Why Game Design? Why Now?

rjcurrie Game Design

If you look at the picture at the top of this page, you can tell that I’m no spring chicken. So why am I just now tackling board and card game design? In fact, why am I tackling it at all?

In October 2014, I was restructured out of my job as a technical writer after 23.5 years. Fortunately, between my severance package, a recent inheritance, and my savings, I could take time to think abut what I wanted to do next. And to be honest, it didn’t take long at all, I wanted to work in the game industry. I have always hovered on the fringes of that community thanks to friends that I have made as a convention GM over the past 20 years. And after so many years of documenting software, it was time for something different and a little more creative.

So I started to read some books, surf some web sites, and generally tried to learn what I could about design, but it was not until I started to try to actually design games that it all started to make sense to me. So, here I am a year later with my game Word Nerds entering blind playtesting as I decide whether to pitch it to publishers or delve into the scary world of self-publishing. I also have a notebook full of game ideas, some of which I have thought a lot more about than others and you can see that this site has categories set aside for a couple of those: Supply Sergeant and Fiction Impossible: The Game of Literary Chaos where I plan to write about those games as I work on them.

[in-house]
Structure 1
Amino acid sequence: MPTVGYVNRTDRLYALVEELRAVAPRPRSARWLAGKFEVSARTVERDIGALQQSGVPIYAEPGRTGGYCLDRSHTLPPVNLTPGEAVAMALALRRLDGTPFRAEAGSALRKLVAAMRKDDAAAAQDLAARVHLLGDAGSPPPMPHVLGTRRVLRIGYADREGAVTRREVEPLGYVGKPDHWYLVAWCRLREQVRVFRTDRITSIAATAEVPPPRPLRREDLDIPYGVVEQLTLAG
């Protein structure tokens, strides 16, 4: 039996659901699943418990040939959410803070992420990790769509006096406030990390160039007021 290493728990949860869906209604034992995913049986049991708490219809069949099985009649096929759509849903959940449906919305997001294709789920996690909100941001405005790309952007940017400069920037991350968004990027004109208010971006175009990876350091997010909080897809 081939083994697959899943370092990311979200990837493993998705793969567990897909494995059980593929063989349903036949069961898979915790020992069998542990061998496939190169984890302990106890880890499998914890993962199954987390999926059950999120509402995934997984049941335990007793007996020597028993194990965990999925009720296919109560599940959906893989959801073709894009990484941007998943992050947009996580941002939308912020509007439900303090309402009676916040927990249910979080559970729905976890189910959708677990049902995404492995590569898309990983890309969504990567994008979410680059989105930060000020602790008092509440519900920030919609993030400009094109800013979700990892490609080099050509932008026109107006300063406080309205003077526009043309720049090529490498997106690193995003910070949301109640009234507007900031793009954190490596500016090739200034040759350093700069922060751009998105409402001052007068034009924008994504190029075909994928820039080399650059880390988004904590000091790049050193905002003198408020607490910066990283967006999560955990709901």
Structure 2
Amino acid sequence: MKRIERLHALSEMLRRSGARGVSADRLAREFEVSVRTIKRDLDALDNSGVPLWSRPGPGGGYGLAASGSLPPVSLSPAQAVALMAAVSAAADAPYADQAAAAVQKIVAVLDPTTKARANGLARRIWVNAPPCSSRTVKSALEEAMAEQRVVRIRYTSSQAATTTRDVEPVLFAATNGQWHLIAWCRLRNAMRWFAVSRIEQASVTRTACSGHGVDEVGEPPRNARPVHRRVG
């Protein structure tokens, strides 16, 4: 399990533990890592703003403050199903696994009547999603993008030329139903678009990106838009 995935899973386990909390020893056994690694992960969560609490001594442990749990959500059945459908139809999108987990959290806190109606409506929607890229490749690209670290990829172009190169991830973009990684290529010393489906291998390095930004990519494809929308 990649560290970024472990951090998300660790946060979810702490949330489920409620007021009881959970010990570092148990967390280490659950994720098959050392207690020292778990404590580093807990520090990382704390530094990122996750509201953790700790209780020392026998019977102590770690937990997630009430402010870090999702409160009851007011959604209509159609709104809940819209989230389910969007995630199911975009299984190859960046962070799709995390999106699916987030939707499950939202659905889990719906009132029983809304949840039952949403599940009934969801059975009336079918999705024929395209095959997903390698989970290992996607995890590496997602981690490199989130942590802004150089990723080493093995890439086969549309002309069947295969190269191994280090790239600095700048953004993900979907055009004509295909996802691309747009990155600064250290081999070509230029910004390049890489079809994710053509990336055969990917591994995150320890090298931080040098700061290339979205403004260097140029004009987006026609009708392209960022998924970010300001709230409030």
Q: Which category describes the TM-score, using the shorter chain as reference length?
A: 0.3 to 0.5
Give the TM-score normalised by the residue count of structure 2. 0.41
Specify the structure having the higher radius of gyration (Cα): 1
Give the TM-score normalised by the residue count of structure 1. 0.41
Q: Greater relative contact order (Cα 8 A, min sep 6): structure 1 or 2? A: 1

As for this category, it will be home to my thoughts and ideas concerning game design in general and the life of a game designer.

What is Word Nerds?

rjcurrie Word Nerds

For the past several months, I have been working on my very first game design ,Word Nerds. Word Nerds is a word game that features strategic elements. The idea is to actually have to make meaningful decisions as you try to form high scoring words.

Elements that encourage this are:

  • Card auctions where players bid to determine in what order they select letter cards from the available face up cards.
  • Action cards that let you affect hand contents, word values, bids, and more.
  • The ability to trump other players’ words with your own higher scoring words.

Word Nerds, as it exists today, is a very different game than when I started out. It is a much better game.  And that’s primarily because of playtesters.  My playtesters not only pointed out problems in the design but also gave me ideas on how to fix it.  Or at the very least, their comments led me down a path to the fix. And as I continue to test the game, I’m sure that playtesters will continue to both pinpoint problems and suggest solutions.

That’s enough for now. I just wanted to give you all a sense of what Word Nerds was about.  In future posts, I’ll talk about how my blind playtest is going, talk about the physical prototypes for that playtest, look back at how the game got to where it is today, discuss my thoughts on whether to sell it to a publisher or to publish it myself, and so on.

Hire Me As a Writer

rjcurrie Writing

Hi. I’d like you to hire me to write for you. With over 20 years of experience as a technical writer in the computer software industry, I’ve learned how to express ideas clearly and concisely. While I am more than willing to work in the software field again, I’d really like to explore writing for the gaming industry. While I have only written a few gaming-related pieces, as a regular convention GM at major conventions like Origins and Gen Con, I have been on the fringes of the community for many years and have a number of friends who work in the industry. So I want to join in the fun. Be it a contribution to a role-playing game or a board game, I’m more than up for the challenge.